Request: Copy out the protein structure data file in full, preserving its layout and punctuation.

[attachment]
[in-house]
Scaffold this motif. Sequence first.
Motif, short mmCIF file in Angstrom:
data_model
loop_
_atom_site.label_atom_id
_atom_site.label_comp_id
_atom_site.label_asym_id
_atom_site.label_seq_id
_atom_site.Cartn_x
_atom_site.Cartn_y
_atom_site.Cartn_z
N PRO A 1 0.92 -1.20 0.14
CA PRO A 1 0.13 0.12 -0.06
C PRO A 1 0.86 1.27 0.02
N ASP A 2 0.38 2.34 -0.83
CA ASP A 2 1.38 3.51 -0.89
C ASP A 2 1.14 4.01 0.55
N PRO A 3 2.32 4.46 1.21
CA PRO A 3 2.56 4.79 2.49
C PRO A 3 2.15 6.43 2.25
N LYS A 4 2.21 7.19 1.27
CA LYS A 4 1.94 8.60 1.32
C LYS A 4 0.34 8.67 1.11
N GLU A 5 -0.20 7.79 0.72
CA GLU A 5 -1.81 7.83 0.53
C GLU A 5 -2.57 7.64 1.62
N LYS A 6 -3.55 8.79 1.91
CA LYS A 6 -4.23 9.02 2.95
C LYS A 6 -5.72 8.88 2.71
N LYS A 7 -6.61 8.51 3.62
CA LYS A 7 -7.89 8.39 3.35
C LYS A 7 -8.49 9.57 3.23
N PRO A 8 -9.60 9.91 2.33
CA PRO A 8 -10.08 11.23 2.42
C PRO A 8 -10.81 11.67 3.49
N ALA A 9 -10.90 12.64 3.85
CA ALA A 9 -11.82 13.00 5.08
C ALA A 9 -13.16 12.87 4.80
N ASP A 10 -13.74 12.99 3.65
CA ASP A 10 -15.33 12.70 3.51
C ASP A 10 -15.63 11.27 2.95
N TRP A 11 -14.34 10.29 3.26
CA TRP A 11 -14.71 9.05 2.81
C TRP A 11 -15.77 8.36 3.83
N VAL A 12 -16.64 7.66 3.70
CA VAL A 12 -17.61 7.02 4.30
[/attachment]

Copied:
[in-house]
Scaffold this motif. Sequence first.
Motif, short mmCIF file in Angstrom:
data_model
loop_
_atom_site.label_atom_id
_atom_site.label_comp_id
_atom_site.label_asym_id
_atom_site.label_seq_id
_atom_site.Cartn_x
_atom_site.Cartn_y
_atom_site.Cartn_z
N PRO A 1 0.92 -1.20 0.14
CA PRO A 1 0.13 0.12 -0.06
C PRO A 1 0.86 1.27 0.02
N ASP A 2 0.38 2.34 -0.83
CA ASP A 2 1.38 3.51 -0.89
C ASP A 2 1.14 4.01 0.55
N PRO A 3 2.32 4.46 1.21
CA PRO A 3 2.56 4.79 2.49
C PRO A 3 2.15 6.43 2.25
N LYS A 4 2.21 7.19 1.27
CA LYS A 4 1.94 8.60 1.32
C LYS A 4 0.34 8.67 1.11
N GLU A 5 -0.20 7.79 0.72
CA GLU A 5 -1.81 7.83 0.53
C GLU A 5 -2.57 7.64 1.62
N LYS A 6 -3.55 8.79 1.91
CA LYS A 6 -4.23 9.02 2.95
C LYS A 6 -5.72 8.88 2.71
N LYS A 7 -6.61 8.51 3.62
CA LYS A 7 -7.89 8.39 3.35
C LYS A 7 -8.49 9.57 3.23
N PRO A 8 -9.60 9.91 2.33
CA PRO A 8 -10.08 11.23 2.42
C PRO A 8 -10.81 11.67 3.49
N ALA A 9 -10.90 12.64 3.85
CA ALA A 9 -11.82 13.00 5.08
C ALA A 9 -13.16 12.87 4.80
N ASP A 10 -13.74 12.99 3.65
CA ASP A 10 -15.33 12.70 3.51
C ASP A 10 -15.63 11.27 2.95
N TRP A 11 -14.34 10.29 3.26
CA TRP A 11 -14.71 9.05 2.81
C TRP A 11 -15.77 8.36 3.83
N VAL A 12 -16.64 7.66 3.70
CA VAL A 12 -17.61 7.02 4.30